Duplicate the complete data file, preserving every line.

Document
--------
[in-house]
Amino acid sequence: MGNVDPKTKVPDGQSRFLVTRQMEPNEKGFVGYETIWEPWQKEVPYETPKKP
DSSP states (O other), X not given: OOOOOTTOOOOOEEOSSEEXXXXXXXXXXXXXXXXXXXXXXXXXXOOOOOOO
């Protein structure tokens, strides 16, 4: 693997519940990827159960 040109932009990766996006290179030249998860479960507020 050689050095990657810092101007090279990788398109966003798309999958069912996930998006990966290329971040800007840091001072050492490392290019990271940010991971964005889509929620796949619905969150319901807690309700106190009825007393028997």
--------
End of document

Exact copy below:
[in-house]
Amino acid sequence: MGNVDPKTKVPDGQSRFLVTRQMEPNEKGFVGYETIWEPWQKEVPYETPKKP
DSSP states (O other), X not given: OOOOOTTOOOOOEEOSSEEXXXXXXXXXXXXXXXXXXXXXXXXXXOOOOOOO
């Protein structure tokens, strides 16, 4: 693997519940990827159960 040109932009990766996006290179030249998860479960507020 050689050095990657810092101007090279990788398109966003798309999958069912996930998006990966290329971040800007840091001072050492490392290019990271940010991971964005889509929620796949619905969150319901807690309700106190009825007393028997």